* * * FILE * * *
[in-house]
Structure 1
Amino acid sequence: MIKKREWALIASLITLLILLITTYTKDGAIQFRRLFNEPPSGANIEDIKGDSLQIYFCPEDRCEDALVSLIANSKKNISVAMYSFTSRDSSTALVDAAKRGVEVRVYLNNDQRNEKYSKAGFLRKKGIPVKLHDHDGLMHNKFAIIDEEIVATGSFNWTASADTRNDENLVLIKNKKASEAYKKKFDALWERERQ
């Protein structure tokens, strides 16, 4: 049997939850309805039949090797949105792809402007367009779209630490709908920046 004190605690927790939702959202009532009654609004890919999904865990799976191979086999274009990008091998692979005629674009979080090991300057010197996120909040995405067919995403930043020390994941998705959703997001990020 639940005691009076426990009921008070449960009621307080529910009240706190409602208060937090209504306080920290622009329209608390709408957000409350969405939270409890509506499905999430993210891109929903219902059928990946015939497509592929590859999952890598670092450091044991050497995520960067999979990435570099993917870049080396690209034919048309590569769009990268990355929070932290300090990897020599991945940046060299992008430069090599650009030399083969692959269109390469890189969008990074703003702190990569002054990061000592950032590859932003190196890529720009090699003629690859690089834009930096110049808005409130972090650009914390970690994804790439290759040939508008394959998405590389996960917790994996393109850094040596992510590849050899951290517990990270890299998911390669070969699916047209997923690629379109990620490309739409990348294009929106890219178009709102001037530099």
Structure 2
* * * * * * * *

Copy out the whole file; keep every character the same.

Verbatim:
[in-house]
Structure 1
Amino acid sequence: MIKKREWALIASLITLLILLITTYTKDGAIQFRRLFNEPPSGANIEDIKGDSLQIYFCPEDRCEDALVSLIANSKKNISVAMYSFTSRDSSTALVDAAKRGVEVRVYLNNDQRNEKYSKAGFLRKKGIPVKLHDHDGLMHNKFAIIDEEIVATGSFNWTASADTRNDENLVLIKNKKASEAYKKKFDALWERERQ
């Protein structure tokens, strides 16, 4: 049997939850309805039949090797949105792809402007367009779209630490709908920046 004190605690927790939702959202009532009654609004890919999904865990799976191979086999274009990008091998692979005629674009979080090991300057010197996120909040995405067919995403930043020390994941998705959703997001990020 639940005691009076426990009921008070449960009621307080529910009240706190409602208060937090209504306080920290622009329209608390709408957000409350969405939270409890509506499905999430993210891109929903219902059928990946015939497509592929590859999952890598670092450091044991050497995520960067999979990435570099993917870049080396690209034919048309590569769009990268990355929070932290300090990897020599991945940046060299992008430069090599650009030399083969692959269109390469890189969008990074703003702190990569002054990061000592950032590859932003190196890529720009090699003629690859690089834009930096110049808005409130972090650009914390970690994804790439290759040939508008394959998405590389996960917790994996393109850094040596992510590849050899951290517990990270890299998911390669070969699916047209997923690629379109990620490309739409990348294009929106890219178009709102001037530099």
Structure 2